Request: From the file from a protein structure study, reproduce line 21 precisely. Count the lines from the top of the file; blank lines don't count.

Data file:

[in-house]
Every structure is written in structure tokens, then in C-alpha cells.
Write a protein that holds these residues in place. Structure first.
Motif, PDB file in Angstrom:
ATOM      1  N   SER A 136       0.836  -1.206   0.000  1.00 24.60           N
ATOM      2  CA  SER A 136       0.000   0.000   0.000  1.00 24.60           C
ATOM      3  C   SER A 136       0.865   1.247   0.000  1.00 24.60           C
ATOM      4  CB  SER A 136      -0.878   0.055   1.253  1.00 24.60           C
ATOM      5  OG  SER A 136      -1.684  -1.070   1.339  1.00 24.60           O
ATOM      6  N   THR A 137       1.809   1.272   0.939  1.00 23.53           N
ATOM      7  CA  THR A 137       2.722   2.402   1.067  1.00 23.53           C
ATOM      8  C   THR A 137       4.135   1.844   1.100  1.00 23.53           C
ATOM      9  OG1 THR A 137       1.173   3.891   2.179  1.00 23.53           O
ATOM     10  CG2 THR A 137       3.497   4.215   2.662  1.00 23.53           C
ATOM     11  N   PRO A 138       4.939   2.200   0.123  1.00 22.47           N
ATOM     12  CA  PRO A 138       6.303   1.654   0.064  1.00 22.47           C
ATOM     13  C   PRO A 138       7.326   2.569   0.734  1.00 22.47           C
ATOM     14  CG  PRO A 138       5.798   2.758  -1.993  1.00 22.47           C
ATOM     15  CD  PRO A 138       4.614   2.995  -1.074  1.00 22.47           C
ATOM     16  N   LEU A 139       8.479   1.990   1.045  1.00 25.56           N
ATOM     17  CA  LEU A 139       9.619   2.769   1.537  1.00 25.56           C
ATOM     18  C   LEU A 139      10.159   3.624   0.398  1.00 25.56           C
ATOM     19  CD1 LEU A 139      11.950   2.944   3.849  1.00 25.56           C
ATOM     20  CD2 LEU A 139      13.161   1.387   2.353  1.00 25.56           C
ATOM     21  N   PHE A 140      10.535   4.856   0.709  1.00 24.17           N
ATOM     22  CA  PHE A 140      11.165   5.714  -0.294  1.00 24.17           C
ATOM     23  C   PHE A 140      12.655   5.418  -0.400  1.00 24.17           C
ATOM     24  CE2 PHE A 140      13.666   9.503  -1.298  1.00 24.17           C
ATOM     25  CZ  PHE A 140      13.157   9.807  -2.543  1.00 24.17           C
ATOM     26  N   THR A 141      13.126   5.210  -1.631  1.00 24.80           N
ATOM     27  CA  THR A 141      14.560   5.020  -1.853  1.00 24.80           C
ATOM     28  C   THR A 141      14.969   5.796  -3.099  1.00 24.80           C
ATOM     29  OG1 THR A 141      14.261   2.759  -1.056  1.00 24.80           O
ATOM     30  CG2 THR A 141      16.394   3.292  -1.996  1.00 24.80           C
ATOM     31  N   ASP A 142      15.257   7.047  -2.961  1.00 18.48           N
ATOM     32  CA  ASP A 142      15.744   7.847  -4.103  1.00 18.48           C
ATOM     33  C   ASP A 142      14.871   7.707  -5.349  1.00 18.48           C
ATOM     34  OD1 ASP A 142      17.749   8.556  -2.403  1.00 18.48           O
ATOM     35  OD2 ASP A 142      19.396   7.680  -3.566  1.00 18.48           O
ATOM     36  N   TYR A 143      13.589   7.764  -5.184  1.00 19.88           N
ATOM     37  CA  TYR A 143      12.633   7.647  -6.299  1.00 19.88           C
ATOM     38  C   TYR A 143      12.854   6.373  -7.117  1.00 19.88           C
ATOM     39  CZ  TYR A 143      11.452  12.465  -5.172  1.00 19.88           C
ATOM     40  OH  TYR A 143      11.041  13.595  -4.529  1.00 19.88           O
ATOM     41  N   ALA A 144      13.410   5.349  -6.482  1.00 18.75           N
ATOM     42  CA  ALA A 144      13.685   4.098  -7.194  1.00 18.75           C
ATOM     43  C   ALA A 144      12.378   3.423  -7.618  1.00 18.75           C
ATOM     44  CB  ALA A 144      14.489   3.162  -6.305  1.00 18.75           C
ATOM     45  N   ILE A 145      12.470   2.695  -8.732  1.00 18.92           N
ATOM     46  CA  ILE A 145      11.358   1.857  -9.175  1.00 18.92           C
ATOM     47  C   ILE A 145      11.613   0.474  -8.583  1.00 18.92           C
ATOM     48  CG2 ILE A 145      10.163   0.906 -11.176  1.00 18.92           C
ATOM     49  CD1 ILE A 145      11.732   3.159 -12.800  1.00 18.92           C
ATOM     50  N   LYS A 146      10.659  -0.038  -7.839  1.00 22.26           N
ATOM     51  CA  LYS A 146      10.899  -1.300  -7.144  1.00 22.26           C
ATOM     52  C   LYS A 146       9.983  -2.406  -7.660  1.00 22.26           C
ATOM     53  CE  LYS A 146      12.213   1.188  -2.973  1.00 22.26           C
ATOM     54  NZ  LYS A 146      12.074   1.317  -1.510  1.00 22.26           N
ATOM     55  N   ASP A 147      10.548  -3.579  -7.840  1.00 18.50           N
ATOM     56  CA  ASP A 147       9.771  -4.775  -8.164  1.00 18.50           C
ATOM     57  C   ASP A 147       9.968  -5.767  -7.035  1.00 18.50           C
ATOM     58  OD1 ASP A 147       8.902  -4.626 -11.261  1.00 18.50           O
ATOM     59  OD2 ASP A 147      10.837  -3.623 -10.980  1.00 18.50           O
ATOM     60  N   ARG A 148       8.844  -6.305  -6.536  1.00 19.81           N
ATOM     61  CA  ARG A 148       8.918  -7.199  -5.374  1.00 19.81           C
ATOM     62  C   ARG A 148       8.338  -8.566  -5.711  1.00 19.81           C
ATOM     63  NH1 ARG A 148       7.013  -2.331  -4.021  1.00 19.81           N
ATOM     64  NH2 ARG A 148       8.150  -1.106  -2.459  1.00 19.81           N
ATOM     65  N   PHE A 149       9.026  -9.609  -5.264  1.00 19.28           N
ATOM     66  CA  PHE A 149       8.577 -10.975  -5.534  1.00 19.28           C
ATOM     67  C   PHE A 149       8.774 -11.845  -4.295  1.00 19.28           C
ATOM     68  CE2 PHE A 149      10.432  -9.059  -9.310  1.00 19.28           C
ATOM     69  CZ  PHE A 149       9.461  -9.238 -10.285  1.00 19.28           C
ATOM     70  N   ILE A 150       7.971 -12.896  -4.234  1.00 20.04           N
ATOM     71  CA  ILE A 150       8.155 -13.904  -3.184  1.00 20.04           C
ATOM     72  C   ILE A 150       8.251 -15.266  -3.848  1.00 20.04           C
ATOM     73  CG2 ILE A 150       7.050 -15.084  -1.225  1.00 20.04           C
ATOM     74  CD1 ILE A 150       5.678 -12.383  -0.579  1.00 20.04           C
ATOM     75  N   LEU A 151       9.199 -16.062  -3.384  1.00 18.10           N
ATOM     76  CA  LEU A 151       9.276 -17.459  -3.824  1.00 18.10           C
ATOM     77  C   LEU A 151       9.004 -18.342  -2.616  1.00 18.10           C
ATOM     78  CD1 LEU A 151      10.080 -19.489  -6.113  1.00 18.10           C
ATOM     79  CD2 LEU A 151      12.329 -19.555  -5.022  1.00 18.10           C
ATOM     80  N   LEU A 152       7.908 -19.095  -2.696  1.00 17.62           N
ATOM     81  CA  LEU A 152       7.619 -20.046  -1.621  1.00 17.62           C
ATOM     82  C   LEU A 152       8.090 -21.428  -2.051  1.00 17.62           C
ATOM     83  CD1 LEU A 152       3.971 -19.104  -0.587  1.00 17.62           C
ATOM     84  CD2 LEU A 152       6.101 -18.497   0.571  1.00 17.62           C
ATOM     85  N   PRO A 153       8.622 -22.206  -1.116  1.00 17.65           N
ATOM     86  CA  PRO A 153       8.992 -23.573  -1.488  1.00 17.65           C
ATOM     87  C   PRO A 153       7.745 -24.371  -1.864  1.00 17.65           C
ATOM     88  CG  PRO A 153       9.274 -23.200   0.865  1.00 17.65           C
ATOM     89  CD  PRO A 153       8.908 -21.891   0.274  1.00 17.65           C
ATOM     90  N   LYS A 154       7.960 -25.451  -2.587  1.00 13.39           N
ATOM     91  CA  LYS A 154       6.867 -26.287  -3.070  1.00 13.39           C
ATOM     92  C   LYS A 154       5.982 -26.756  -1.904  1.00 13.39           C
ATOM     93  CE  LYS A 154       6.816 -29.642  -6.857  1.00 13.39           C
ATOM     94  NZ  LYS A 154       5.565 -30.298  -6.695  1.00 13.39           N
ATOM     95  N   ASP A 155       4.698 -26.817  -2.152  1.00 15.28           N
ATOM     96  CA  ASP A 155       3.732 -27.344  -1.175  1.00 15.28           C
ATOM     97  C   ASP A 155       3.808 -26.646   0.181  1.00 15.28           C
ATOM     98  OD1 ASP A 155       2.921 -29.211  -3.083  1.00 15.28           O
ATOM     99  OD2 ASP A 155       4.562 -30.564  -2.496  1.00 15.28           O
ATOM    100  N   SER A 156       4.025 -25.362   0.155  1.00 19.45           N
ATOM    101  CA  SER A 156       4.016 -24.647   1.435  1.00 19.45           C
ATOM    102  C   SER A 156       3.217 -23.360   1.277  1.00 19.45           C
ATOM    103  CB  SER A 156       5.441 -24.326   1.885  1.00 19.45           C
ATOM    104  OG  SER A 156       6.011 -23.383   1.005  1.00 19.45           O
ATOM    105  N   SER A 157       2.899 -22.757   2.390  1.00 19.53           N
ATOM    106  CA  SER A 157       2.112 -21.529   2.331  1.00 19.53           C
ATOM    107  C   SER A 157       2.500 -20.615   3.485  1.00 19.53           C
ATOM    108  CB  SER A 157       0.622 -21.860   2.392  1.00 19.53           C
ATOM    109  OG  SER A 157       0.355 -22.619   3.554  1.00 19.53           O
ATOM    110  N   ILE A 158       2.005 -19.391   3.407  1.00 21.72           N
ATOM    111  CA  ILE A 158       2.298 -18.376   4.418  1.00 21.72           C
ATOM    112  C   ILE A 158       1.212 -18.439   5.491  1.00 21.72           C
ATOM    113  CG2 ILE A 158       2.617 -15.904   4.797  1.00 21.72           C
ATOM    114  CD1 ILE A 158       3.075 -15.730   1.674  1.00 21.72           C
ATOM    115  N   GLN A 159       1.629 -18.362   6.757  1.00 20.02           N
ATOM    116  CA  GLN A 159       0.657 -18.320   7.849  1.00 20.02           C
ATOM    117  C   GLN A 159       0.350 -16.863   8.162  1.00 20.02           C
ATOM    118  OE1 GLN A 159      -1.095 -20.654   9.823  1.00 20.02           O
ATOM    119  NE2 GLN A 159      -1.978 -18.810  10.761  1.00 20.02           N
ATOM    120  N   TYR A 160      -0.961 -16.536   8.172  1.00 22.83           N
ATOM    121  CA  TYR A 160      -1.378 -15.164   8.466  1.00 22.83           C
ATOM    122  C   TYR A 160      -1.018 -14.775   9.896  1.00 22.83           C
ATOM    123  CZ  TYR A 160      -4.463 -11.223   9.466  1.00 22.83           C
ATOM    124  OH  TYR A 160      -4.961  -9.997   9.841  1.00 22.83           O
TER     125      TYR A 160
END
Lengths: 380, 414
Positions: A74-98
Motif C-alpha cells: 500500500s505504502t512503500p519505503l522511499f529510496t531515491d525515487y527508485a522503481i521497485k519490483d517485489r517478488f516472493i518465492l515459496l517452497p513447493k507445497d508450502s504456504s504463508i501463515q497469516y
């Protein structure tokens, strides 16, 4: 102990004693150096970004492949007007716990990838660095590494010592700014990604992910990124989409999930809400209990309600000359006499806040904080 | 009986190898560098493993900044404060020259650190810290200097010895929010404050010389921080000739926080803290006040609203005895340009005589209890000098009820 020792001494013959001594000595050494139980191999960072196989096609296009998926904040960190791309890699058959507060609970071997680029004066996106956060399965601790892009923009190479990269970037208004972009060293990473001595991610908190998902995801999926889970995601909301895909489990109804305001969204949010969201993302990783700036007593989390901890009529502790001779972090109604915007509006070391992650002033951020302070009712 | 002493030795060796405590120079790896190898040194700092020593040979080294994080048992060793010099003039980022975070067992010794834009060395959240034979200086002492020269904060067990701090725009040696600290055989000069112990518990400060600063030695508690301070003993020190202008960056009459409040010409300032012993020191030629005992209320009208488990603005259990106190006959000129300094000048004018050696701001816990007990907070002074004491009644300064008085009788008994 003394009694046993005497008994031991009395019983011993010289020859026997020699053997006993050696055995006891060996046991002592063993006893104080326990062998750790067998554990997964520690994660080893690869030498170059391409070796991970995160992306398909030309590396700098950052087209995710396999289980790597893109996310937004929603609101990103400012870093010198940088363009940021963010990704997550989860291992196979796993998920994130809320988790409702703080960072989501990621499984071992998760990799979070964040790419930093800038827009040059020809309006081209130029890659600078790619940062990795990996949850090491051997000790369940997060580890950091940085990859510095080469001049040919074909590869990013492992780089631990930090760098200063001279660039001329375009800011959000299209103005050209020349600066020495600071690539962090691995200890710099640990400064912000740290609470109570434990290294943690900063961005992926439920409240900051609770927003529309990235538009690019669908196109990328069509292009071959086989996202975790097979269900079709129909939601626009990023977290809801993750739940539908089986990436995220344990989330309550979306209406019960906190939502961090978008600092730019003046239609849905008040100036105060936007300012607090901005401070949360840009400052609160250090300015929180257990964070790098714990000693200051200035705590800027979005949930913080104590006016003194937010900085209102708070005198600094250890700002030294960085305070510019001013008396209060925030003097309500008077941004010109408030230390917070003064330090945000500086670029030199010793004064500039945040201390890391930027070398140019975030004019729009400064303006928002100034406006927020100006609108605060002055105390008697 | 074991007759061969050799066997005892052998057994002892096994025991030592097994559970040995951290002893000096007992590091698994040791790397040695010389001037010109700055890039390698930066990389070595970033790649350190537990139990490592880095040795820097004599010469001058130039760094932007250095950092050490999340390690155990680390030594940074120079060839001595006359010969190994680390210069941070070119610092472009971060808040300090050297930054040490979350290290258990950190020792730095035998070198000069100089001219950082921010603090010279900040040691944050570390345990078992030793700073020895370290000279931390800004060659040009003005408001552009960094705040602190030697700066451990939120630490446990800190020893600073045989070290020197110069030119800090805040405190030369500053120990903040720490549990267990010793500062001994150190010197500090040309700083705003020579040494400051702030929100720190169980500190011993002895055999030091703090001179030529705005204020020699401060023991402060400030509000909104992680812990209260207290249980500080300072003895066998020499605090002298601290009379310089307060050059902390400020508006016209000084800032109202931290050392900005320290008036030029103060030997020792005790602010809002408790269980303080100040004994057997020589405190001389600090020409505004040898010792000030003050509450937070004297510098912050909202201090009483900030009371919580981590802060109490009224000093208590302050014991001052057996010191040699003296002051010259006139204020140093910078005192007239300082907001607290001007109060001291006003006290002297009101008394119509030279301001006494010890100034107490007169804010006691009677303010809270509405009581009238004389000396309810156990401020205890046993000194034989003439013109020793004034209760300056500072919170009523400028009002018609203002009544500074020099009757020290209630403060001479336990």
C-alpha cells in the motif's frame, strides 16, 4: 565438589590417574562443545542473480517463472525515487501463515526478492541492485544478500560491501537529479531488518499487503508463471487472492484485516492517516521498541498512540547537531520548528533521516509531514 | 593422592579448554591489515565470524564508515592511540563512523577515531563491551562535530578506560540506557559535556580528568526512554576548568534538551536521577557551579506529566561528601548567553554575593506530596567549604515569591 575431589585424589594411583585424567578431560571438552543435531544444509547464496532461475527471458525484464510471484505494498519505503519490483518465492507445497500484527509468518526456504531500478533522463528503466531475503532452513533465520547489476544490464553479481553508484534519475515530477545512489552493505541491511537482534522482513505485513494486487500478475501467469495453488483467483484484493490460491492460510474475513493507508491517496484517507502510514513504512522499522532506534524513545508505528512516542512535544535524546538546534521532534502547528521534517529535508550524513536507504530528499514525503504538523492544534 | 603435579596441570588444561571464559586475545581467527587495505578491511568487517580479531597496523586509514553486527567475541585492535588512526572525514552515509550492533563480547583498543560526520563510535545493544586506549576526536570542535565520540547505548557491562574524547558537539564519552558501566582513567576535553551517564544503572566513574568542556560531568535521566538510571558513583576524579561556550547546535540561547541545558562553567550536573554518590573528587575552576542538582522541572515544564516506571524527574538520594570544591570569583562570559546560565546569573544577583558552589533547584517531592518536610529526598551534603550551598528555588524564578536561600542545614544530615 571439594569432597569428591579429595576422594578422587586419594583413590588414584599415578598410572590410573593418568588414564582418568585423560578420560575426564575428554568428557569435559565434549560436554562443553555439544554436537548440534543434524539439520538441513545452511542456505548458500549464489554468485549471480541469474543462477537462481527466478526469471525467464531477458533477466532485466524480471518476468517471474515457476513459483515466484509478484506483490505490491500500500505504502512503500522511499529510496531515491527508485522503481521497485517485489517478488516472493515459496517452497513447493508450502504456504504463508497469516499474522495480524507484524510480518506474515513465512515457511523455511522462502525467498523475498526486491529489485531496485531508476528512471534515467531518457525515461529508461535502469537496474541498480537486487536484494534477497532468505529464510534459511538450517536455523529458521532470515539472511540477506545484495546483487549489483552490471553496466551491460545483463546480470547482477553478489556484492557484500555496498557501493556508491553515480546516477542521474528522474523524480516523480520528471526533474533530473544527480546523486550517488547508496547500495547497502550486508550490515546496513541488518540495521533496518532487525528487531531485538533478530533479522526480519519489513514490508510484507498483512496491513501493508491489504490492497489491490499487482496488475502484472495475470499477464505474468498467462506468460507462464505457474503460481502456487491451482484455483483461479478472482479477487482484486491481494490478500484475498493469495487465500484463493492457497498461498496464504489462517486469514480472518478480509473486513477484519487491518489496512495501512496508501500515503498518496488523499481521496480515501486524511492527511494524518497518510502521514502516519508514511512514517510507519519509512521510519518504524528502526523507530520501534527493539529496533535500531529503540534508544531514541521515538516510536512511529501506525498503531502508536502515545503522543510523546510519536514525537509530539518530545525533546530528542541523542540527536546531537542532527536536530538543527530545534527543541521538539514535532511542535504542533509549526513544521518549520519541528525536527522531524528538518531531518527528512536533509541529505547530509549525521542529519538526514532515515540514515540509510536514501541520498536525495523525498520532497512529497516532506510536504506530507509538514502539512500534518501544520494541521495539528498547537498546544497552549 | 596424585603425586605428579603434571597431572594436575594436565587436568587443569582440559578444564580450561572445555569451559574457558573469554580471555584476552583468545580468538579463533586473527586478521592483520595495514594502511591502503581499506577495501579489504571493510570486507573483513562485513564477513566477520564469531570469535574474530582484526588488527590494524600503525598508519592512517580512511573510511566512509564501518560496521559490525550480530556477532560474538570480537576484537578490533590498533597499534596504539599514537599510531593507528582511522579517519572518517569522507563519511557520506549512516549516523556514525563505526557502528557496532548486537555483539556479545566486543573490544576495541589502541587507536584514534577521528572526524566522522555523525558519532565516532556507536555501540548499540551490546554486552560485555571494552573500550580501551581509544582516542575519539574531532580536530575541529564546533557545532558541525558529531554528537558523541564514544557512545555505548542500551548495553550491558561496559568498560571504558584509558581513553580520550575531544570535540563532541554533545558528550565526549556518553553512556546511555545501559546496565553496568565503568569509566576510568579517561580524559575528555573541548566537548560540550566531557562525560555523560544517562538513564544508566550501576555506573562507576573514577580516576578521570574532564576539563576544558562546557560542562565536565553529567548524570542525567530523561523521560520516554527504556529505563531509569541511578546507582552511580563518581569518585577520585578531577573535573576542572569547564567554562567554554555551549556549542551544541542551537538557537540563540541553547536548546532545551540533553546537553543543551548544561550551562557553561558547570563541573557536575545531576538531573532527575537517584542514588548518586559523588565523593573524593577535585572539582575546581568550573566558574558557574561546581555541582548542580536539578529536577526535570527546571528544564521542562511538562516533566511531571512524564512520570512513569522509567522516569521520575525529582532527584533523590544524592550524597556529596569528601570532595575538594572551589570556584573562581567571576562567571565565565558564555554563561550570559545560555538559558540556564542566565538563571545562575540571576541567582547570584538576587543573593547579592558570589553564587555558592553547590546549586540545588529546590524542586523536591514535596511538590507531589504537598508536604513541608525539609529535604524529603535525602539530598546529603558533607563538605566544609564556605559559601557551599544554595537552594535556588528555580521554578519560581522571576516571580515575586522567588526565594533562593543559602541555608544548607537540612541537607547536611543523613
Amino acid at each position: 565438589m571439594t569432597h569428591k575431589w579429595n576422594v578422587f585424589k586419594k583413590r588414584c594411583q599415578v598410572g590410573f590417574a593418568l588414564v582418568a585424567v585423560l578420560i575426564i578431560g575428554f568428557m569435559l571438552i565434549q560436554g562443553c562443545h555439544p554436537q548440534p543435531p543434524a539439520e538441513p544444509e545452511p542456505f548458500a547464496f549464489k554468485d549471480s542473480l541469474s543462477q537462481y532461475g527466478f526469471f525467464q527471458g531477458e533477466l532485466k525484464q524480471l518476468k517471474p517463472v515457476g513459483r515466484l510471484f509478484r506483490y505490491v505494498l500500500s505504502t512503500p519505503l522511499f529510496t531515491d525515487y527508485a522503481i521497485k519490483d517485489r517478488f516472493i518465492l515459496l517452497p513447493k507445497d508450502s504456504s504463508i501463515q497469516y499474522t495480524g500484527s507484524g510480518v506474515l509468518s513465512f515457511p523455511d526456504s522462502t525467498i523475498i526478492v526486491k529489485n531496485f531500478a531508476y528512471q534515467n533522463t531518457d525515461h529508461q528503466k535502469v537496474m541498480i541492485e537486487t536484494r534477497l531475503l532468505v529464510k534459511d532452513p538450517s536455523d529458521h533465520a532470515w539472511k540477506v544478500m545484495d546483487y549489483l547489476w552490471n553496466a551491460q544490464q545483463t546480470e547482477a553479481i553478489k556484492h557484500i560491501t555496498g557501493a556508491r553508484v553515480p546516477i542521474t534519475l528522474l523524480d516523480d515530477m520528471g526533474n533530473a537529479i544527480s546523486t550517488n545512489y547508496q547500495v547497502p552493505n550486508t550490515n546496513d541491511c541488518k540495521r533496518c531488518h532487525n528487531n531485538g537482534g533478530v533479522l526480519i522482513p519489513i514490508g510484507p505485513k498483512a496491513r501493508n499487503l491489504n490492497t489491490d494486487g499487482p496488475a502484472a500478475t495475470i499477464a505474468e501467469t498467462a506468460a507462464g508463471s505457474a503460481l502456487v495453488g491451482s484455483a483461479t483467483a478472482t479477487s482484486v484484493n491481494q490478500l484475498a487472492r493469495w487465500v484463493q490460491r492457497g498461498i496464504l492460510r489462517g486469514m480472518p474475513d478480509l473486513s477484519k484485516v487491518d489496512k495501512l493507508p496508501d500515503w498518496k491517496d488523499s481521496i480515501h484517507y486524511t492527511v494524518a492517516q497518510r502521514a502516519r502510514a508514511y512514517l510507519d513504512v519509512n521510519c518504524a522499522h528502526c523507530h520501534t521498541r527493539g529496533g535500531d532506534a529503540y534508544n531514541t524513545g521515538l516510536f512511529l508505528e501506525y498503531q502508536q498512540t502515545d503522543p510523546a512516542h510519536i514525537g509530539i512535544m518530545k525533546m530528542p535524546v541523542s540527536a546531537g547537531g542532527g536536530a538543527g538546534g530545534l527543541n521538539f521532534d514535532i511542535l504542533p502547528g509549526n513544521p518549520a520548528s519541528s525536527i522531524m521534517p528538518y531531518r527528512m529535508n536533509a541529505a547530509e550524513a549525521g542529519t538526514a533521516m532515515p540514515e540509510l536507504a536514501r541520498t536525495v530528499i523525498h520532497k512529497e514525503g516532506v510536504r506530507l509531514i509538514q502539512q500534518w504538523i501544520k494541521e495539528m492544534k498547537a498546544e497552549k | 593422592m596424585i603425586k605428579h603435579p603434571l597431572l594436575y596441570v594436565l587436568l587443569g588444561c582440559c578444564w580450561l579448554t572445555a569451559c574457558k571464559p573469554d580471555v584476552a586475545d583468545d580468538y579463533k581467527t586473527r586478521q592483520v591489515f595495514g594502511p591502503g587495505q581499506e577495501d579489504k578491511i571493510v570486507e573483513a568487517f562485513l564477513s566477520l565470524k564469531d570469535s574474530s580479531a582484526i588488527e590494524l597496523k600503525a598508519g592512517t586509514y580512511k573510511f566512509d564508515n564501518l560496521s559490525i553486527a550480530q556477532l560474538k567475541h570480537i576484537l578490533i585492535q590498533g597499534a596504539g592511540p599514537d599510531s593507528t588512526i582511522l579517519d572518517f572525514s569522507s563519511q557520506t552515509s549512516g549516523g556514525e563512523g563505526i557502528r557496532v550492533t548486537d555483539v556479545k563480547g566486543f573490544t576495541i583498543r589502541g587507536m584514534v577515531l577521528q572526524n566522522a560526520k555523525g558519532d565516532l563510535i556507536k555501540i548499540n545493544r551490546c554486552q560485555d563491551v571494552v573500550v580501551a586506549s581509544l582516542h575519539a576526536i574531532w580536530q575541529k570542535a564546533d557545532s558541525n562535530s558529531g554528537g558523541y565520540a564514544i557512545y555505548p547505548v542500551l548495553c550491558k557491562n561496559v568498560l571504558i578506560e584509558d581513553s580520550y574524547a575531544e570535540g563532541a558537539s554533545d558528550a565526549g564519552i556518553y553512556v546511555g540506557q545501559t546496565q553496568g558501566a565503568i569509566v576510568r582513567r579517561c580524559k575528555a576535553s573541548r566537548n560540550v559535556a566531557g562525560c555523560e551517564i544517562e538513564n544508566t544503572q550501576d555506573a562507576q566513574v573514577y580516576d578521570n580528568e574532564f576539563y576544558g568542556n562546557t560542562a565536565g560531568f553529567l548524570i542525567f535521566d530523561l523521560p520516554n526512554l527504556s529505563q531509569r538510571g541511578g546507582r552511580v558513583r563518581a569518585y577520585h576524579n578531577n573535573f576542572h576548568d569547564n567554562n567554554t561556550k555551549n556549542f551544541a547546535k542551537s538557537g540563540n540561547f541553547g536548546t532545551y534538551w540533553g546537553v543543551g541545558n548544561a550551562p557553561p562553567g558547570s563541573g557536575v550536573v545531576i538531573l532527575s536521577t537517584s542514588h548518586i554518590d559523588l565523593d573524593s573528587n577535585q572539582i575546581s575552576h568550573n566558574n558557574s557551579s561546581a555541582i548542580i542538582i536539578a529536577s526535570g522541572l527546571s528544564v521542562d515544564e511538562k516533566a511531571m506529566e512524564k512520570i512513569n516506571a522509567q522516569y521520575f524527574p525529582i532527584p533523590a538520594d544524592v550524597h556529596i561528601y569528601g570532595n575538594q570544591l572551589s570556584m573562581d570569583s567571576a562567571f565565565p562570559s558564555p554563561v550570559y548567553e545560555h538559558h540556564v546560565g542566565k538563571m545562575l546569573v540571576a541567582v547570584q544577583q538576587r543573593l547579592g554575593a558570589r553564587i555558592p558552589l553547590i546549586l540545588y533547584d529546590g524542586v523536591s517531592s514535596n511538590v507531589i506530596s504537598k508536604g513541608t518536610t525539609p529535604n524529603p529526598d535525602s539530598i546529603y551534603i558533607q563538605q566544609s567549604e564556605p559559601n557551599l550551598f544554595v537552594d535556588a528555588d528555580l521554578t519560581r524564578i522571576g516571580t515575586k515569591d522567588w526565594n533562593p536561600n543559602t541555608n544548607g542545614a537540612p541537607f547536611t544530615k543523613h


ATOM     17  CA  LEU A 139       9.619   2.769   1.537  1.00 25.56           C